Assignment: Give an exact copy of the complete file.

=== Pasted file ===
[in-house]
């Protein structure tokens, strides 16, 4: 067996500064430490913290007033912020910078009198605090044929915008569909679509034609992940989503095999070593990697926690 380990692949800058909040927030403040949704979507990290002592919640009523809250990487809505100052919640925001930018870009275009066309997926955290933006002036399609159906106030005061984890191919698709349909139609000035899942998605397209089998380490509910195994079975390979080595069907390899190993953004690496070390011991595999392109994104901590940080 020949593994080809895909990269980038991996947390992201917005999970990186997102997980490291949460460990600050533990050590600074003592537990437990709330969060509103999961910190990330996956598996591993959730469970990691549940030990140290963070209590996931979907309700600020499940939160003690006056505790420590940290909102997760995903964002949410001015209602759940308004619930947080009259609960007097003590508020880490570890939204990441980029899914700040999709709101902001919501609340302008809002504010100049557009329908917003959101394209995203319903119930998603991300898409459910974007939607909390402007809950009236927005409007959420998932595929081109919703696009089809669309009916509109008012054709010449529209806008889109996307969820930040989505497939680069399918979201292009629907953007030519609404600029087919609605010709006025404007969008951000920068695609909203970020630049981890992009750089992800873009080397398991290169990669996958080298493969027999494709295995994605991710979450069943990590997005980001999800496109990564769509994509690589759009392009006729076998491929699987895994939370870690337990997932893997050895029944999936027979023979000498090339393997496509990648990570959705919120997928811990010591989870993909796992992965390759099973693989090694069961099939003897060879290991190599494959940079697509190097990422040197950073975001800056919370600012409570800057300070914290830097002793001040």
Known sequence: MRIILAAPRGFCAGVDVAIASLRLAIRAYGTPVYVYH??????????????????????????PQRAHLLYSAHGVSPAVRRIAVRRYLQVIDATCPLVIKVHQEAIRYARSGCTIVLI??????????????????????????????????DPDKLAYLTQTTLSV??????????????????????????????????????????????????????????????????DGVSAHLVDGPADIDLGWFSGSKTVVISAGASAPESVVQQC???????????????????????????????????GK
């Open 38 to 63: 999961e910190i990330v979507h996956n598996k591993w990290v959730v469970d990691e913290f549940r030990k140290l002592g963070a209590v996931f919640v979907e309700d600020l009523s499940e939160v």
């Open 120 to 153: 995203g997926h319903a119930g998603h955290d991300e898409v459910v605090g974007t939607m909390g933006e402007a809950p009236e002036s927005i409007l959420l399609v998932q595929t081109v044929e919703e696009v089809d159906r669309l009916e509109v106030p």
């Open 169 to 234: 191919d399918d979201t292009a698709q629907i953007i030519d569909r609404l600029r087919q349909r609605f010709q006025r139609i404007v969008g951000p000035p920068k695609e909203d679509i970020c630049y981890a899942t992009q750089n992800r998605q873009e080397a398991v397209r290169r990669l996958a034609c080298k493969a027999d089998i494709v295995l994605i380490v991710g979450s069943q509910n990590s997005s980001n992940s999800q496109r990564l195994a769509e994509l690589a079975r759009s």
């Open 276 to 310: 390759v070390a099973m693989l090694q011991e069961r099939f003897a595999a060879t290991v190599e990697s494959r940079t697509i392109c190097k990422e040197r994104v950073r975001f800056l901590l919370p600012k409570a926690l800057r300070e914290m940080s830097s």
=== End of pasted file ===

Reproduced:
[in-house]
């Protein structure tokens, strides 16, 4: 067996500064430490913290007033912020910078009198605090044929915008569909679509034609992940989503095999070593990697926690 380990692949800058909040927030403040949704979507990290002592919640009523809250990487809505100052919640925001930018870009275009066309997926955290933006002036399609159906106030005061984890191919698709349909139609000035899942998605397209089998380490509910195994079975390979080595069907390899190993953004690496070390011991595999392109994104901590940080 020949593994080809895909990269980038991996947390992201917005999970990186997102997980490291949460460990600050533990050590600074003592537990437990709330969060509103999961910190990330996956598996591993959730469970990691549940030990140290963070209590996931979907309700600020499940939160003690006056505790420590940290909102997760995903964002949410001015209602759940308004619930947080009259609960007097003590508020880490570890939204990441980029899914700040999709709101902001919501609340302008809002504010100049557009329908917003959101394209995203319903119930998603991300898409459910974007939607909390402007809950009236927005409007959420998932595929081109919703696009089809669309009916509109008012054709010449529209806008889109996307969820930040989505497939680069399918979201292009629907953007030519609404600029087919609605010709006025404007969008951000920068695609909203970020630049981890992009750089992800873009080397398991290169990669996958080298493969027999494709295995994605991710979450069943990590997005980001999800496109990564769509994509690589759009392009006729076998491929699987895994939370870690337990997932893997050895029944999936027979023979000498090339393997496509990648990570959705919120997928811990010591989870993909796992992965390759099973693989090694069961099939003897060879290991190599494959940079697509190097990422040197950073975001800056919370600012409570800057300070914290830097002793001040």
Known sequence: MRIILAAPRGFCAGVDVAIASLRLAIRAYGTPVYVYH??????????????????????????PQRAHLLYSAHGVSPAVRRIAVRRYLQVIDATCPLVIKVHQEAIRYARSGCTIVLI??????????????????????????????????DPDKLAYLTQTTLSV??????????????????????????????????????????????????????????????????DGVSAHLVDGPADIDLGWFSGSKTVVISAGASAPESVVQQC???????????????????????????????????GK
């Open 38 to 63: 999961e910190i990330v979507h996956n598996k591993w990290v959730v469970d990691e913290f549940r030990k140290l002592g963070a209590v996931f919640v979907e309700d600020l009523s499940e939160v």
């Open 120 to 153: 995203g997926h319903a119930g998603h955290d991300e898409v459910v605090g974007t939607m909390g933006e402007a809950p009236e002036s927005i409007l959420l399609v998932q595929t081109v044929e919703e696009v089809d159906r669309l009916e509109v106030p």
């Open 169 to 234: 191919d399918d979201t292009a698709q629907i953007i030519d569909r609404l600029r087919q349909r609605f010709q006025r139609i404007v969008g951000p000035p920068k695609e909203d679509i970020c630049y981890a899942t992009q750089n992800r998605q873009e080397a398991v397209r290169r990669l996958a034609c080298k493969a027999d089998i494709v295995l994605i380490v991710g979450s069943q509910n990590s997005s980001n992940s999800q496109r990564l195994a769509e994509l690589a079975r759009s």
């Open 276 to 310: 390759v070390a099973m693989l090694q011991e069961r099939f003897a595999a060879t290991v190599e990697s494959r940079t697509i392109c190097k990422e040197r994104v950073r975001f800056l901590l919370p600012k409570a926690l800057r300070e914290m940080s830097s």